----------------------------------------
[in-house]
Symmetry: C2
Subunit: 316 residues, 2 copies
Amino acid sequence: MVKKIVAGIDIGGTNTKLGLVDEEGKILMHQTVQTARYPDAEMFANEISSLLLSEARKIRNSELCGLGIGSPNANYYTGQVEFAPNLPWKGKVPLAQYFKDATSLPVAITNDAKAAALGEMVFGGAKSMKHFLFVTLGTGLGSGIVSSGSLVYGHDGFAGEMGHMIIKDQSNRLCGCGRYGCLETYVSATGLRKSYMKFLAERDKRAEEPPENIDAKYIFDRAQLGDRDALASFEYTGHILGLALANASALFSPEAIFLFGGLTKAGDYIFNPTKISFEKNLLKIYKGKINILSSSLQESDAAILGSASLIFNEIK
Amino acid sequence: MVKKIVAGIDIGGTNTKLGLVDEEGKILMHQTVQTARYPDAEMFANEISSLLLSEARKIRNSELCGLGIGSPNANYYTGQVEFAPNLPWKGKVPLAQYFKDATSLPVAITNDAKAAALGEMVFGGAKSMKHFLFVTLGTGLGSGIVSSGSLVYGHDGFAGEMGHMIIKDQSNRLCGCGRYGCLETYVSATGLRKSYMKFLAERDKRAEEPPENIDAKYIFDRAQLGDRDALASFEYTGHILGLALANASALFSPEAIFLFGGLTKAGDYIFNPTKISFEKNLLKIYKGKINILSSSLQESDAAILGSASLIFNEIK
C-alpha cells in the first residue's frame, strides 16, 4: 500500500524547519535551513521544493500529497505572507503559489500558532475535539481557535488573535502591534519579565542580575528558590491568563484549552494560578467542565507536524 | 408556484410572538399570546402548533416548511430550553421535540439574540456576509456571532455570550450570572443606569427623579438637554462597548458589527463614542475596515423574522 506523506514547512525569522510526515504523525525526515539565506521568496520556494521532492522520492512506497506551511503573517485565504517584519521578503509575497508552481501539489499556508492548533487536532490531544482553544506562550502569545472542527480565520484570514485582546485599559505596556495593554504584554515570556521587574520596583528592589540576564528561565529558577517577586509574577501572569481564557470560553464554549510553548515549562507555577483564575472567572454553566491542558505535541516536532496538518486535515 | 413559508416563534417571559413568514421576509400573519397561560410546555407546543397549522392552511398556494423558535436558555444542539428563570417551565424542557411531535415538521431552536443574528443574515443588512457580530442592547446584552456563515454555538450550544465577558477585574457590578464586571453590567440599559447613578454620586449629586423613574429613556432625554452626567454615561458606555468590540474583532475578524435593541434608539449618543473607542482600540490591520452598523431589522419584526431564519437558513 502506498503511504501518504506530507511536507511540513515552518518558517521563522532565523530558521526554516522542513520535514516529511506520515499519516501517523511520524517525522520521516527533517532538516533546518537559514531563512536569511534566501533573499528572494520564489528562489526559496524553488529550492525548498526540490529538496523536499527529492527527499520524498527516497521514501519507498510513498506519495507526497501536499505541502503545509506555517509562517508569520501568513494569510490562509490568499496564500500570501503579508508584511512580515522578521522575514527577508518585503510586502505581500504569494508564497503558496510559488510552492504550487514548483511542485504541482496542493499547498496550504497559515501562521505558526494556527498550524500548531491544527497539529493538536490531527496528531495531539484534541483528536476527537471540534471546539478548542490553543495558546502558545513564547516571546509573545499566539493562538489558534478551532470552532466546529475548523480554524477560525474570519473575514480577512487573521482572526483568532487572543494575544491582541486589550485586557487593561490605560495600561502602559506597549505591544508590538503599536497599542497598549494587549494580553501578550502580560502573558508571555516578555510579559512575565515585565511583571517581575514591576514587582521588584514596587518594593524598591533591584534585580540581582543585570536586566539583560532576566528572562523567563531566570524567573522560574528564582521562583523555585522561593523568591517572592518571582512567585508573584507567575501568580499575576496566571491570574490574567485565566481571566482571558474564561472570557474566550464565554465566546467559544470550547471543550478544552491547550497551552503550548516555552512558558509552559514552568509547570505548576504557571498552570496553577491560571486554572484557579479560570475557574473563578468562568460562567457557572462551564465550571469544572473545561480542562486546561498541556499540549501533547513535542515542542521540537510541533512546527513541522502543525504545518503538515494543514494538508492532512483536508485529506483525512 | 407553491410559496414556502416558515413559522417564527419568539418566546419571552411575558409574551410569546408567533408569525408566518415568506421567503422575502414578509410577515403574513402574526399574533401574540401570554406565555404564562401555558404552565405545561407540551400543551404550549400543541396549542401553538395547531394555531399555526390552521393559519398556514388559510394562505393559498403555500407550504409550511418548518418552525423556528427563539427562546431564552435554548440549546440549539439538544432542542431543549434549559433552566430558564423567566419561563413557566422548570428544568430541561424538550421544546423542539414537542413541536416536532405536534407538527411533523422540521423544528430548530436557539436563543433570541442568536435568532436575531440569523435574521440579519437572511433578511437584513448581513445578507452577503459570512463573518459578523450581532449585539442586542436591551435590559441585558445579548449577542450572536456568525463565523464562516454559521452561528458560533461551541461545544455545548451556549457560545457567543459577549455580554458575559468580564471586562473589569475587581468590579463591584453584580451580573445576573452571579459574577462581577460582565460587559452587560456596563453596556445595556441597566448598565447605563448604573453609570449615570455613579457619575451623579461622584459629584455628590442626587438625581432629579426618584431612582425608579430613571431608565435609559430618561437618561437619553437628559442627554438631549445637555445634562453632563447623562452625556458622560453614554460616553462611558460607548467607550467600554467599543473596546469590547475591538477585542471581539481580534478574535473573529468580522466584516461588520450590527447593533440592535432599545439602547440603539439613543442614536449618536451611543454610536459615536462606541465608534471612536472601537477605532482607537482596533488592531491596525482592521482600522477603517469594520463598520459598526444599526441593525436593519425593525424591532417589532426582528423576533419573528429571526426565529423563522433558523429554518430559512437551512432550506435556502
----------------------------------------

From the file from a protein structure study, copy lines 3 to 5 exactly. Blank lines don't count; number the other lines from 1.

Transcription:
Subunit: 316 residues, 2 copies
Amino acid sequence: MVKKIVAGIDIGGTNTKLGLVDEEGKILMHQTVQTARYPDAEMFANEISSLLLSEARKIRNSELCGLGIGSPNANYYTGQVEFAPNLPWKGKVPLAQYFKDATSLPVAITNDAKAAALGEMVFGGAKSMKHFLFVTLGTGLGSGIVSSGSLVYGHDGFAGEMGHMIIKDQSNRLCGCGRYGCLETYVSATGLRKSYMKFLAERDKRAEEPPENIDAKYIFDRAQLGDRDALASFEYTGHILGLALANASALFSPEAIFLFGGLTKAGDYIFNPTKISFEKNLLKIYKGKINILSSSLQESDAAILGSASLIFNEIK
Amino acid sequence: MVKKIVAGIDIGGTNTKLGLVDEEGKILMHQTVQTARYPDAEMFANEISSLLLSEARKIRNSELCGLGIGSPNANYYTGQVEFAPNLPWKGKVPLAQYFKDATSLPVAITNDAKAAALGEMVFGGAKSMKHFLFVTLGTGLGSGIVSSGSLVYGHDGFAGEMGHMIIKDQSNRLCGCGRYGCLETYVSATGLRKSYMKFLAERDKRAEEPPENIDAKYIFDRAQLGDRDALASFEYTGHILGLALANASALFSPEAIFLFGGLTKAGDYIFNPTKISFEKNLLKIYKGKINILSSSLQESDAAILGSASLIFNEIK